Do you have any problems with artisanal miners?
None of the companies are currently experiencing problems with artisanal miners. Teranga Gold explained that the Senegalese government has established artisanal mining corridors and the registration of artisanal miners by issuing mining cards. This system aims to address problems commonly associated with illegal artisanal mining, such as health, safety, uncontrolled use of toxic substances and child labour.
Bassari further outlined the problem by pointing out that a year ago there were around ‘30,000 illegal miners from all over West Africa inundating our gold exploration permits. However, they were poisoning the water table with cyanide and mercury as well as causing many deaths due to collapsed mine tunnels.’
How do you find the taxation and royalty system in Senegal?
All four companies expressed satisfaction with Senegal’s tax regime. Teranga Gold describes mining as ‘a key pillar of economic growth in Senegal.’ Senegal’s Government modernised its mining code in 2003 and again in November 2016 to attract and promote mineral investment and development. In 2013, the Government signed a global agreement with Teranga Gold to establish a predictable and stable fiscal operating environment for Teranga Gold’s future investment. Following a tax holiday that ended in May 2015, Teranga now pays 25% income tax plus 5% royalties on sales. In February 2016, Teranga Gold was granted an exemption from the payment and collection of refundable VAT until 2022.
GCO also benefited from major exonerations from tax as well as 5% royalties, a 10% production share and no customs duties or VAT. Bassari and Toro Gold both described the tax and royalty regime as fair and, for Toro Gold, Hogan said it was ‘Competitive when benchmarked against other African jurisdictions.’
How accessible are your deposits in Senegal?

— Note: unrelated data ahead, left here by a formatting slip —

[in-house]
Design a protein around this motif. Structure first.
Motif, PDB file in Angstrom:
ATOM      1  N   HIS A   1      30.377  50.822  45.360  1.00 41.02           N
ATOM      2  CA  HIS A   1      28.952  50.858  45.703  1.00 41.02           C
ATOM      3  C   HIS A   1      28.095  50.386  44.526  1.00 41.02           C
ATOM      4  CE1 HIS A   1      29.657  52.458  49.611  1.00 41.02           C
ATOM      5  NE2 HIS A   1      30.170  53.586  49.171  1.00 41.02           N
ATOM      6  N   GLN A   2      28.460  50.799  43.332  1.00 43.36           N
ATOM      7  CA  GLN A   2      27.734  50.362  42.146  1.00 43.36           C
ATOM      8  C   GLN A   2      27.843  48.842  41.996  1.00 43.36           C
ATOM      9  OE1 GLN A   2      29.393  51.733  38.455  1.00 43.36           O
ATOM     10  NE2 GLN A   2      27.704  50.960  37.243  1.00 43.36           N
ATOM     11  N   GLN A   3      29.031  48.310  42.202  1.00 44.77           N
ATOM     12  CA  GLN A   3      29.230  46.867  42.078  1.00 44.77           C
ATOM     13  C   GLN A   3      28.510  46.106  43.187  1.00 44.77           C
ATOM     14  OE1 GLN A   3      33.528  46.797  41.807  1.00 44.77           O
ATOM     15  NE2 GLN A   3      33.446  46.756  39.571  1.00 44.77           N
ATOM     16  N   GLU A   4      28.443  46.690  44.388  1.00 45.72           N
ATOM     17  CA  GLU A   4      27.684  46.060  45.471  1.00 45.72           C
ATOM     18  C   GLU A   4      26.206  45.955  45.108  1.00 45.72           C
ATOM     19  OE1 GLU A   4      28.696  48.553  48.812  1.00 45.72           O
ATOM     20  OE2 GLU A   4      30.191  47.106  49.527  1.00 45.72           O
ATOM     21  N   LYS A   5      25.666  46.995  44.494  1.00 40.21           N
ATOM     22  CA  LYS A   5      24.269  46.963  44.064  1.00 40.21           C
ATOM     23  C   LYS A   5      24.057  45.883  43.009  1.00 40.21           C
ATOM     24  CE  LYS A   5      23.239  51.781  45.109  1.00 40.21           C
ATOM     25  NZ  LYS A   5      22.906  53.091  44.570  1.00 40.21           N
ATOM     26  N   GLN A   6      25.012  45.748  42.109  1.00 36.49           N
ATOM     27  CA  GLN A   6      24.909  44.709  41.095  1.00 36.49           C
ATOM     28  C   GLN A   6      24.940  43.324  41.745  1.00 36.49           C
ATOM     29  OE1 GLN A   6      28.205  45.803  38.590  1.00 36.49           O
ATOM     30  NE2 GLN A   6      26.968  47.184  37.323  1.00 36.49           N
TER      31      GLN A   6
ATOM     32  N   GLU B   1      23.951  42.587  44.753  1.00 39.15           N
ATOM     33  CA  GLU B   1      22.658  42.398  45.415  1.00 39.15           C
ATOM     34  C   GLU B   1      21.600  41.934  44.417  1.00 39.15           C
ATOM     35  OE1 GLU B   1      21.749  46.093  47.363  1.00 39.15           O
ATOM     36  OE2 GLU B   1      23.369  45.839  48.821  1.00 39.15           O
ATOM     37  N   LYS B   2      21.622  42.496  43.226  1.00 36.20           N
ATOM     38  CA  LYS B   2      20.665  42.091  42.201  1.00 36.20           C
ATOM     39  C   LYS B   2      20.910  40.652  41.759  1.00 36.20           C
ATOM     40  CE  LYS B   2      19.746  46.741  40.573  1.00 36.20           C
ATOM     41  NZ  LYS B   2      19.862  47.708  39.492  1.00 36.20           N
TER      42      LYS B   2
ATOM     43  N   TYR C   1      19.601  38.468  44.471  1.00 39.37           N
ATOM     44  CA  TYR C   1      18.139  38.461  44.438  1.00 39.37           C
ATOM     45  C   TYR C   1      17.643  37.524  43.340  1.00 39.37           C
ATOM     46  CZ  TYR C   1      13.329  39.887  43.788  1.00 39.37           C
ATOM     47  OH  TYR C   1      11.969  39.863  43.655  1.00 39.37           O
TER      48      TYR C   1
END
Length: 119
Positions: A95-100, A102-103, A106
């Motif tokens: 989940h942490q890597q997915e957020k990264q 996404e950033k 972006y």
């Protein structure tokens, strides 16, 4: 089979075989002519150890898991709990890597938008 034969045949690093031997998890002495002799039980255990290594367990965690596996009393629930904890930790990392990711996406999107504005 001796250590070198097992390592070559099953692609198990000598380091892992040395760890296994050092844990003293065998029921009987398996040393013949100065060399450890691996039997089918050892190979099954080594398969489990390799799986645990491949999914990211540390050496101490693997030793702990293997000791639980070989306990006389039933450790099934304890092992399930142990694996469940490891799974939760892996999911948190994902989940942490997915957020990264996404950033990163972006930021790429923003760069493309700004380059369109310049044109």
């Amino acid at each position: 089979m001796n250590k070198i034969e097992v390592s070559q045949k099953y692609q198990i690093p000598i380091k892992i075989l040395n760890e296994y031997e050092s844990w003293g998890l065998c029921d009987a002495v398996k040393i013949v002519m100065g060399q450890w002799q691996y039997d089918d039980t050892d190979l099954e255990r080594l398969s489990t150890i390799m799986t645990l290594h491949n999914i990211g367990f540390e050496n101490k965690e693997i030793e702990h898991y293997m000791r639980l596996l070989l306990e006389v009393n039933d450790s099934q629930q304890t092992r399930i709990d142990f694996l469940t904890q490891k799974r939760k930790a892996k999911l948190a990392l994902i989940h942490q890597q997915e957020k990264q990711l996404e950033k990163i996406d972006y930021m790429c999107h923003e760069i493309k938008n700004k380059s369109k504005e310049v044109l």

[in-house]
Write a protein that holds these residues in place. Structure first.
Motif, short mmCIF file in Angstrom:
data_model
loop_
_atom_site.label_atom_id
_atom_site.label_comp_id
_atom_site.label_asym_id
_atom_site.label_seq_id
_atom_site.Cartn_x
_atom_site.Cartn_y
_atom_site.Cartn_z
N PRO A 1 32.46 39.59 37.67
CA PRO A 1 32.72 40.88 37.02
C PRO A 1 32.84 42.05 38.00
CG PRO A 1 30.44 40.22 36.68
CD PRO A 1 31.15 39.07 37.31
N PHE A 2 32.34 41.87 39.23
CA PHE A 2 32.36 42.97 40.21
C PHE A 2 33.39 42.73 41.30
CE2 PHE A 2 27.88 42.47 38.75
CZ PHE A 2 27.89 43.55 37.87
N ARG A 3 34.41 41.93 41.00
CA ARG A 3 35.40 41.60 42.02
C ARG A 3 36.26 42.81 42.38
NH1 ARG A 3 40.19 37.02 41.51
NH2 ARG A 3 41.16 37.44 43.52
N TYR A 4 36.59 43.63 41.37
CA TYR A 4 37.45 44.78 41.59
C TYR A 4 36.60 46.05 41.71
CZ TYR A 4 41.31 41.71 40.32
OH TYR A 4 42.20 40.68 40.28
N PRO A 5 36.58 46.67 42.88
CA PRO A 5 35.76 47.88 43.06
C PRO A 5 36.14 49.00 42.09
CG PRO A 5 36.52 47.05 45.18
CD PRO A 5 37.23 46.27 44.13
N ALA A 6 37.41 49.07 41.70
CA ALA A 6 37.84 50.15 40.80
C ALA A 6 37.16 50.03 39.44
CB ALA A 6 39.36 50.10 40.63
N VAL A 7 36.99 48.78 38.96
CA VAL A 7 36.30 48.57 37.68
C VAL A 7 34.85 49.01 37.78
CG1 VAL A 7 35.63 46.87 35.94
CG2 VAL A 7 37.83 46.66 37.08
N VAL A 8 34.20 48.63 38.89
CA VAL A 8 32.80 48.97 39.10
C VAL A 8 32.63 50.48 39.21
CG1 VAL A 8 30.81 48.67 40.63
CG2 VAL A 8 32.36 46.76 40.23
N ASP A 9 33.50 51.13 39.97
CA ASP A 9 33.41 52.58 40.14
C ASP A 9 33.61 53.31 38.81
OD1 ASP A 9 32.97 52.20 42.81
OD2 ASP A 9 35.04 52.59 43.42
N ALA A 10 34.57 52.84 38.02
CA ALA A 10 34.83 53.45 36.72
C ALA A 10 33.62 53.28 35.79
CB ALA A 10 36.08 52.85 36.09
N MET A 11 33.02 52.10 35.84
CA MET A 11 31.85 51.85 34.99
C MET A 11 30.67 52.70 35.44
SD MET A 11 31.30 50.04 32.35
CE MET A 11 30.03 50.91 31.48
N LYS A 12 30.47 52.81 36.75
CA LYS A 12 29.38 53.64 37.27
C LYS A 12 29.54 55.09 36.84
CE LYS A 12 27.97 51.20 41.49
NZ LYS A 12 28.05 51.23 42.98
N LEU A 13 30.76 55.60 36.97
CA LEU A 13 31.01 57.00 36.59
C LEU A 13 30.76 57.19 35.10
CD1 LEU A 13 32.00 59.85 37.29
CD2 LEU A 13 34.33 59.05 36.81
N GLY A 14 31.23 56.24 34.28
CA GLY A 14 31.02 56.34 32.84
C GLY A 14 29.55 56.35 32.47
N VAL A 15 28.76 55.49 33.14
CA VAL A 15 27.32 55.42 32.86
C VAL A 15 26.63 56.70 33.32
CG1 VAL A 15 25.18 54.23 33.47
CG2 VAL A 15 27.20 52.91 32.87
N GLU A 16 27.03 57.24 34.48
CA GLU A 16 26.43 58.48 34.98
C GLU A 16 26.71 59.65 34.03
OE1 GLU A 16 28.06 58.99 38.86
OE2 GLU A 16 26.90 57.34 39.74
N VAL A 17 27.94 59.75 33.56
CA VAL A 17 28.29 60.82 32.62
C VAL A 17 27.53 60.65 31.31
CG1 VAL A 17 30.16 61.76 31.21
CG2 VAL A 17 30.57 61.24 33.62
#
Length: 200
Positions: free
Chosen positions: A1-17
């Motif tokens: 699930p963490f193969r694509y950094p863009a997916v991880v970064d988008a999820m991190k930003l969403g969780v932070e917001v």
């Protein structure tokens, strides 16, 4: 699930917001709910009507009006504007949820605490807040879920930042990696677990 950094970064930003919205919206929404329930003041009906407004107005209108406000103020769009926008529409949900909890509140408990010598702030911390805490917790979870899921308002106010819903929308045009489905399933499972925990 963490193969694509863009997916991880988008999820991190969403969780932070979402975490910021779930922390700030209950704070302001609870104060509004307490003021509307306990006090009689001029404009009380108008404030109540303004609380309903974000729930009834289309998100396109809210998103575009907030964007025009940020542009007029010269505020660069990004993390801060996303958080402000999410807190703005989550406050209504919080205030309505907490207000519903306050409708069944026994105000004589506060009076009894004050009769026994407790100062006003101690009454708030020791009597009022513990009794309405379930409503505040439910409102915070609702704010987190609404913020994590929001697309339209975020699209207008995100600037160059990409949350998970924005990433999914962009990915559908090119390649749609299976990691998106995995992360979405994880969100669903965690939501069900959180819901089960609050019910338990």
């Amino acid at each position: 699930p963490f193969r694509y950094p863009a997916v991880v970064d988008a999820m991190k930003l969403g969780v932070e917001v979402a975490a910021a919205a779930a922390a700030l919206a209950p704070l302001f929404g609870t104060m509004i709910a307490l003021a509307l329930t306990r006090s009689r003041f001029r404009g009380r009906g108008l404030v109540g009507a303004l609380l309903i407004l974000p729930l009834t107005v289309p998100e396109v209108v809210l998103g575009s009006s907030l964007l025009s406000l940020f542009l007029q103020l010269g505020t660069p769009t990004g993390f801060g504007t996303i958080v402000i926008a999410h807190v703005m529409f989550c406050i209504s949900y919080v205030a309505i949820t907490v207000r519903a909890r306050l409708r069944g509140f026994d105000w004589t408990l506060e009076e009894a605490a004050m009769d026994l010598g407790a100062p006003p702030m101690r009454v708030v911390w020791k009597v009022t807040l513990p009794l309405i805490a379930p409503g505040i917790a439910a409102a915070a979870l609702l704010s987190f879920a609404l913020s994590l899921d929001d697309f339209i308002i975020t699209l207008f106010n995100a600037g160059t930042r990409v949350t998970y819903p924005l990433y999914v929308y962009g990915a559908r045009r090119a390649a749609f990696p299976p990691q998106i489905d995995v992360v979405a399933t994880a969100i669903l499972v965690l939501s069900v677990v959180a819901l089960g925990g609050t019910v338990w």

RY: Sabodala is approximately 650km southeast of Dakar and can be accessed from there by sealed road or public airstrip. On the mine licence, the majority of deposits currently being mined are within a short trucking distance of about 15km from the central mill, except for our high-grade Gora deposit, approximately 25km from the mill and easily accessible by haul road on flat lying terrain.
JMF: Our deposits are easily accessible from any part of Senegal by road in good conditions, especially from Dakar, Saint Louis in the north and from central Senegal via Mekhe, some 25km from GCO. There is also rail access with the new 22km line built and owned by GCO, which also owns two locomotives and 52 wagons. GCO can transport 2,400t/d 140km from the mine to Dakar port. By air, there are two helipads – the closest airstrip is 60km from Thies, accessible only by small planes and owned by the Senegalese army.
AM: Our permits are 800km inland and reasonable access is via road and charter plane to Kedougou or Sabodala. Toro Gold’s Petowal Project is situated in eastern Senegal near several other gold mining operations and development projects (around 30km from Teranga’s Sabodala). The Dakar-Bamako Millennium Highway runs through the permit, while the Kedougou metaled airstrip is 30 minutes’ drive away from site. From Dakar, the project is approximately 10 hours’ drive or a 90-minute flight by chartered plane to Kedougou.
Does the weather affect operations?
While Toro Gold stated that the weather presents no particular problem, Teranga CEO Young explained that, ‘Operating schedule is adjusted during the rainy season (June–October) to accommodate the change in operating conditions and mitigate any impacts. The mine has ample water supply drawn from two dams, which can also be supplemented from water sourced via a pipeline from the Faleme River, though this alternative has yet to be required.’
GCO also reported no issues from the weather based on wind, temperature and rain, but MacKenzie mentioned, ‘A three-month wet season can cause a short interruption to exploration drilling if flooding occurs. During the nine-month dry season mining companies have alternatives – build an existing dam, which we have done, or build a pipeline to either of the nearby Faleme or Gambia rivers.’
Senegal’s vast mineral resources and stable, favourable conditions are the driving forces behind its rise to prominence in African mining.